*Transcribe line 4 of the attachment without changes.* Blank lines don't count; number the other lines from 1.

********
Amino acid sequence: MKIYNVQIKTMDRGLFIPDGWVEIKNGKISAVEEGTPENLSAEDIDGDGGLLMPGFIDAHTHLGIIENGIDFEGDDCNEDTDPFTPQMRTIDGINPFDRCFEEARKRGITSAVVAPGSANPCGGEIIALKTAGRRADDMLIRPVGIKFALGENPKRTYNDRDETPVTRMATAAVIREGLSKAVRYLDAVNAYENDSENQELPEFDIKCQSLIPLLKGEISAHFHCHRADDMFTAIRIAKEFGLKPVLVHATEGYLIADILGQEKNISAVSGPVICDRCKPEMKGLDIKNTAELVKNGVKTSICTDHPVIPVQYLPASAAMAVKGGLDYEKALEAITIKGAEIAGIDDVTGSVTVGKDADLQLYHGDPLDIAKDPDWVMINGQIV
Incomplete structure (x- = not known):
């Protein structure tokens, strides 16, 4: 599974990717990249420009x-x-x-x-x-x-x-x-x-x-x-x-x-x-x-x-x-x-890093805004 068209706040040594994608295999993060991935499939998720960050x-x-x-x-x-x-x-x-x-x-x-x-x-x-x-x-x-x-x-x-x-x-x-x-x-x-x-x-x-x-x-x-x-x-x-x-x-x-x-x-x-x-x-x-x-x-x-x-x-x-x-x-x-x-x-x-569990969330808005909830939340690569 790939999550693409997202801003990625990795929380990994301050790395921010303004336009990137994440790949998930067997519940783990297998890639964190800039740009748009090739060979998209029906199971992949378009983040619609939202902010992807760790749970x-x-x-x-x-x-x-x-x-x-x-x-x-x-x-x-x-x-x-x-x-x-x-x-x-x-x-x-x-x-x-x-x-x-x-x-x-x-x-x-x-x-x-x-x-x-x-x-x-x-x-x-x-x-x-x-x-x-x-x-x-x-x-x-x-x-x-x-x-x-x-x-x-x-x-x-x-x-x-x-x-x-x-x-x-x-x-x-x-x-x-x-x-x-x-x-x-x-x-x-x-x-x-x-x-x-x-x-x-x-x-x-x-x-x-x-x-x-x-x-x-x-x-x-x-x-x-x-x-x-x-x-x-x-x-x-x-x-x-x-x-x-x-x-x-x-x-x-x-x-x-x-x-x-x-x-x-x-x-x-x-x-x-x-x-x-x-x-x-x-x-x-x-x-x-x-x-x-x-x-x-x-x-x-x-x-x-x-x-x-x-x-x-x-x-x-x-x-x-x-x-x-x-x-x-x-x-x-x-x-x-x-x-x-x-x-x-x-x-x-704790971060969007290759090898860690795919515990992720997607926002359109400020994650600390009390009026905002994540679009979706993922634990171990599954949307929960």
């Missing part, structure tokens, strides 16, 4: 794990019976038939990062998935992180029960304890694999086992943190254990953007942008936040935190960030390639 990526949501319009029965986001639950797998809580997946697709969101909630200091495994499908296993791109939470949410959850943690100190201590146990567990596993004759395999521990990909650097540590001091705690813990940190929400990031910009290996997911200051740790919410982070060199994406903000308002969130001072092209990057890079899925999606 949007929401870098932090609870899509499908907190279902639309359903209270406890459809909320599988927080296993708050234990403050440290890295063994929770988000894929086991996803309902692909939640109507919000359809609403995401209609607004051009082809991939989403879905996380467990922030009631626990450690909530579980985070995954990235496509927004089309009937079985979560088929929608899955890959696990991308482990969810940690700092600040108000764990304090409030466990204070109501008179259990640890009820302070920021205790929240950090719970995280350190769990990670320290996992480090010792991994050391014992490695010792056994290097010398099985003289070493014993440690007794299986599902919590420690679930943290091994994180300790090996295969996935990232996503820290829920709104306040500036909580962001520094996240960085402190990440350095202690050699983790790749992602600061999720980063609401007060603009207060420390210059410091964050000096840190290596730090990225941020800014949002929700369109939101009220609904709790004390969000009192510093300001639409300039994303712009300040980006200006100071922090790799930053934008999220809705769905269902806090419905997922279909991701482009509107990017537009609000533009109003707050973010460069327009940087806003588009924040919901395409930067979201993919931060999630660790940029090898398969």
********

């Missing part, structure tokens, strides 16, 4: 794990019976038939990062998935992180029960304890694999086992943190254990953007942008936040935190960030390639 990526949501319009029965986001639950797998809580997946697709969101909630200091495994499908296993791109939470949410959850943690100190201590146990567990596993004759395999521990990909650097540590001091705690813990940190929400990031910009290996997911200051740790919410982070060199994406903000308002969130001072092209990057890079899925999606 949007929401870098932090609870899509499908907190279902639309359903209270406890459809909320599988927080296993708050234990403050440290890295063994929770988000894929086991996803309902692909939640109507919000359809609403995401209609607004051009082809991939989403879905996380467990922030009631626990450690909530579980985070995954990235496509927004089309009937079985979560088929929608899955890959696990991308482990969810940690700092600040108000764990304090409030466990204070109501008179259990640890009820302070920021205790929240950090719970995280350190769990990670320290996992480090010792991994050391014992490695010792056994290097010398099985003289070493014993440690007794299986599902919590420690679930943290091994994180300790090996295969996935990232996503820290829920709104306040500036909580962001520094996240960085402190990440350095202690050699983790790749992602600061999720980063609401007060603009207060420390210059410091964050000096840190290596730090990225941020800014949002929700369109939101009220609904709790004390969000009192510093300001639409300039994303712009300040980006200006100071922090790799930053934008999220809705769905269902806090419905997922279909991701482009509107990017537009609000533009109003707050973010460069327009940087806003588009924040919901395409930067979201993919931060999630660790940029090898398969």